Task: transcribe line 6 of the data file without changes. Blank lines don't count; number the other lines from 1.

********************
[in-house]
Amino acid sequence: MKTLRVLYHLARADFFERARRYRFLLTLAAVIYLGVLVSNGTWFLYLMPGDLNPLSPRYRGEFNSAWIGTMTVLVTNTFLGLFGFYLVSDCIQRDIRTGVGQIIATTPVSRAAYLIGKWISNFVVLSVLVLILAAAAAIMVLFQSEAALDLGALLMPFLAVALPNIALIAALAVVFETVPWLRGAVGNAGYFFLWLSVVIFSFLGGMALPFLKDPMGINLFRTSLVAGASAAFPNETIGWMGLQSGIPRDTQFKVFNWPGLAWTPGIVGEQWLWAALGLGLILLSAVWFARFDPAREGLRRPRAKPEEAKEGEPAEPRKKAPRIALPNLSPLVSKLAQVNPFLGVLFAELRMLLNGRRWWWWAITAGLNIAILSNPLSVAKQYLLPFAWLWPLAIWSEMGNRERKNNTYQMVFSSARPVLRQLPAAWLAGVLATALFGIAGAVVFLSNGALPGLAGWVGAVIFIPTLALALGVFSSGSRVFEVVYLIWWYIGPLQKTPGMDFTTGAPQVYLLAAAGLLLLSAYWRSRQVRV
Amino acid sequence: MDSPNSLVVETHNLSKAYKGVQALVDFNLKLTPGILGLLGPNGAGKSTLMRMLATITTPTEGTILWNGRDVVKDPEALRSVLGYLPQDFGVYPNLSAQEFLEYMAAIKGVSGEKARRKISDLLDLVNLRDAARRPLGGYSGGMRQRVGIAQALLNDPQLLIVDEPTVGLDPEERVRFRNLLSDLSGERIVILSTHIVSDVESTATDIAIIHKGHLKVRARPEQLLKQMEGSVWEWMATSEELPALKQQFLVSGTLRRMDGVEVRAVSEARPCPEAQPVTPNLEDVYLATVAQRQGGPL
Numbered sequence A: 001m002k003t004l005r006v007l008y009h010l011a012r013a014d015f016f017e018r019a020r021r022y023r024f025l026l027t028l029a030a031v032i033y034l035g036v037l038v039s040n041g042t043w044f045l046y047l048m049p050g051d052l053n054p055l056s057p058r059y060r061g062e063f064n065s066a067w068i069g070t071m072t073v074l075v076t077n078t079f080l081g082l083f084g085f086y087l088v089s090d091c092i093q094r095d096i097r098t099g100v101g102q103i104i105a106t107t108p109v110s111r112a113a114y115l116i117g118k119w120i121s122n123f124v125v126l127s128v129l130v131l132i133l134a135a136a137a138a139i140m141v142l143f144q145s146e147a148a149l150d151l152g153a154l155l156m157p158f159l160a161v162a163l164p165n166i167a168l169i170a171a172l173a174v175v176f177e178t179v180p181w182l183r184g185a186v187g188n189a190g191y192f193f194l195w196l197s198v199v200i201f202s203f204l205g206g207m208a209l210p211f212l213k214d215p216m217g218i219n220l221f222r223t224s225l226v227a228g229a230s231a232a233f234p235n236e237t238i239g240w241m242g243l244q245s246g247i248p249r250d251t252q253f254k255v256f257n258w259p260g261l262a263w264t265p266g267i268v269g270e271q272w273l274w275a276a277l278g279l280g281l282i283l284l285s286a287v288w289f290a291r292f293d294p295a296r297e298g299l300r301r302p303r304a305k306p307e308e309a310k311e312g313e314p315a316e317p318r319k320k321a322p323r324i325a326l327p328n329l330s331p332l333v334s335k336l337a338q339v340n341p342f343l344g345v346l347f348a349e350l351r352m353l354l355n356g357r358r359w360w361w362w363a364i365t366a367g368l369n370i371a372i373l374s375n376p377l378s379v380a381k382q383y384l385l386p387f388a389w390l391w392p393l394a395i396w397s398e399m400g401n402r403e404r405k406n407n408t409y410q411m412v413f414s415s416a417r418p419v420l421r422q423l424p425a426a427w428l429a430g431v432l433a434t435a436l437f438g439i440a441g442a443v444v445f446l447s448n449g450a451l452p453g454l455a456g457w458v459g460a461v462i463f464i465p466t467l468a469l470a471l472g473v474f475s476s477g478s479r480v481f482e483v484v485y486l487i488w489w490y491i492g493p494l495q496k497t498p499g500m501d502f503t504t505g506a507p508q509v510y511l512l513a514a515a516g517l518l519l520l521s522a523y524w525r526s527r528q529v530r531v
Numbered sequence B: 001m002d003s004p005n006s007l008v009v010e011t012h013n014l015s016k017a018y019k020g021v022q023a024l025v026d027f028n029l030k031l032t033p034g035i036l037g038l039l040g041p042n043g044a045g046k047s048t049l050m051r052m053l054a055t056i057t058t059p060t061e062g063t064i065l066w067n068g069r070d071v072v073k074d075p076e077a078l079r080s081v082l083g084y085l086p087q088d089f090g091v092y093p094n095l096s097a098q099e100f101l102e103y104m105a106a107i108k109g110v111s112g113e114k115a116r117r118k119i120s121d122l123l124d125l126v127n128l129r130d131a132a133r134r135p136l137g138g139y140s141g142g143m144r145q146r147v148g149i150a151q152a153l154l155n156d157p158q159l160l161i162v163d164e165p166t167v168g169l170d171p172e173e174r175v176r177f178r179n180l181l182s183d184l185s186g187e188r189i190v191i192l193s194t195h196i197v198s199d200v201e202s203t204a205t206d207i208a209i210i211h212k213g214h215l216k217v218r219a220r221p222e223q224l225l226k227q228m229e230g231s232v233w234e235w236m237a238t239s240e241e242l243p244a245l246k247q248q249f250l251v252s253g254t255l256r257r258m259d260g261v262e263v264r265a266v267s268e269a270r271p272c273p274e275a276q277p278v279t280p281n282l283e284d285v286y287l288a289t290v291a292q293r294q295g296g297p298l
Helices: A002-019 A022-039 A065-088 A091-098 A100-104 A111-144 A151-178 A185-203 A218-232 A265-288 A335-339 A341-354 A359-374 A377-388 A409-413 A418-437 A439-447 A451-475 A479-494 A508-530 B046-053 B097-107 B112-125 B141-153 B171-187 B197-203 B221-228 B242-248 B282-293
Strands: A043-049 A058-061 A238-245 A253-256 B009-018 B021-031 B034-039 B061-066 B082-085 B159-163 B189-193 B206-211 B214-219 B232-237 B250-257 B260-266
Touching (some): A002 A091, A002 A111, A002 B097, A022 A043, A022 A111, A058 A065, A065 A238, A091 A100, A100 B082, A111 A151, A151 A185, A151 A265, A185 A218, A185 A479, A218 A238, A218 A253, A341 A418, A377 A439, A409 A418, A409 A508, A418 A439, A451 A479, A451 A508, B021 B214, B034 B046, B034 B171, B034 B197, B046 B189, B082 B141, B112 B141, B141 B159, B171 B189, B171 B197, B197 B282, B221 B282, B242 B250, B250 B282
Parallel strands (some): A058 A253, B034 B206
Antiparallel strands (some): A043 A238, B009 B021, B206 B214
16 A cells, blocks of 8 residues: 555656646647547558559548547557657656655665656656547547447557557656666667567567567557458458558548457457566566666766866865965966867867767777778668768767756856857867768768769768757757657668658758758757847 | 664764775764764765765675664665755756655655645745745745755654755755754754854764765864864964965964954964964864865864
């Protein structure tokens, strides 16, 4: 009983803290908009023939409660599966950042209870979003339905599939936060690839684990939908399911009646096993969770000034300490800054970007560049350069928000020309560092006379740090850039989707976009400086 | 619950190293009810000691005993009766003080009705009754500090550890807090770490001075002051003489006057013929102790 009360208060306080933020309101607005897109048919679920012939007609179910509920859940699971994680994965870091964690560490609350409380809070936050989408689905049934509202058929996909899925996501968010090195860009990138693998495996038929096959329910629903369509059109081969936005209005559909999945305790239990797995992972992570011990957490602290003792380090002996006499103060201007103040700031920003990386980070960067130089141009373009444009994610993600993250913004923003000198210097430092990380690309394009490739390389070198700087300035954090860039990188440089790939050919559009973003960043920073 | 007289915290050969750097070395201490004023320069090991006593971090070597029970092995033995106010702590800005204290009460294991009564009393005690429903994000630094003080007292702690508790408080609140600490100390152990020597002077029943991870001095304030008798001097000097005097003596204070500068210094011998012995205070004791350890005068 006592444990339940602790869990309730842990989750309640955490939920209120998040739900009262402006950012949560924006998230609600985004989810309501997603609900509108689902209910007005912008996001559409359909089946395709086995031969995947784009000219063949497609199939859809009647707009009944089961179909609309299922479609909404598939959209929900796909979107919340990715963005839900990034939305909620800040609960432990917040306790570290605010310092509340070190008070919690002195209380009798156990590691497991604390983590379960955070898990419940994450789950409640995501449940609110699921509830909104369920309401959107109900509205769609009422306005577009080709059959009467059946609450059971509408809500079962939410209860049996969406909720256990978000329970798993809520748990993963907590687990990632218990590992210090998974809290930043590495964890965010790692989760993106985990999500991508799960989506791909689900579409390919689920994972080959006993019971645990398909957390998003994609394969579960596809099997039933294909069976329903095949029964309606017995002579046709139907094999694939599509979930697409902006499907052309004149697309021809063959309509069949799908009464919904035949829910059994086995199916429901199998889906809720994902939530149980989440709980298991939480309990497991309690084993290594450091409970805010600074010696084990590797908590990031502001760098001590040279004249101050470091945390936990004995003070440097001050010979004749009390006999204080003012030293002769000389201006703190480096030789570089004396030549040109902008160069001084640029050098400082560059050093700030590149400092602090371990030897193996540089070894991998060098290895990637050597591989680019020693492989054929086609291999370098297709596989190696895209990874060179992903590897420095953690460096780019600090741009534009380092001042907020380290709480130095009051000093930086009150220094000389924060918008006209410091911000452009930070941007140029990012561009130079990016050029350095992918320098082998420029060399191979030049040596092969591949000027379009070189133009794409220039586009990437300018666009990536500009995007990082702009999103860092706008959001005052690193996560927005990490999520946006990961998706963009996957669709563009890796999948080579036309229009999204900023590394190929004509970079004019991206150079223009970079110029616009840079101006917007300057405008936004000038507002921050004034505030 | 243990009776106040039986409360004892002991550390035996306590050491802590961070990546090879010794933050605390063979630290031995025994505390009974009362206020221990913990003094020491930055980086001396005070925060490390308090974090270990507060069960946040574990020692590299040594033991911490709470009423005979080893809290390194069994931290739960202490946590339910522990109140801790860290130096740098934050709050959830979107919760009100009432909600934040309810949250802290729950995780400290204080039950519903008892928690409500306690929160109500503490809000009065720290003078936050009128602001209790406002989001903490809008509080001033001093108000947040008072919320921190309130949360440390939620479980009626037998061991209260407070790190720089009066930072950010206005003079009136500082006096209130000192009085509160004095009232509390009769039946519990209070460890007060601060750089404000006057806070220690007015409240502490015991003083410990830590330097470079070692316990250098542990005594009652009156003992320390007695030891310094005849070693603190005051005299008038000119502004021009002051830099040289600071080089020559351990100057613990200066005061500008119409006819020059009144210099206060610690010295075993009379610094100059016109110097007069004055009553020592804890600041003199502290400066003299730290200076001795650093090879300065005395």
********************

Helices: A002-019 A022-039 A065-088 A091-098 A100-104 A111-144 A151-178 A185-203 A218-232 A265-288 A335-339 A341-354 A359-374 A377-388 A409-413 A418-437 A439-447 A451-475 A479-494 A508-530 B046-053 B097-107 B112-125 B141-153 B171-187 B197-203 B221-228 B242-248 B282-293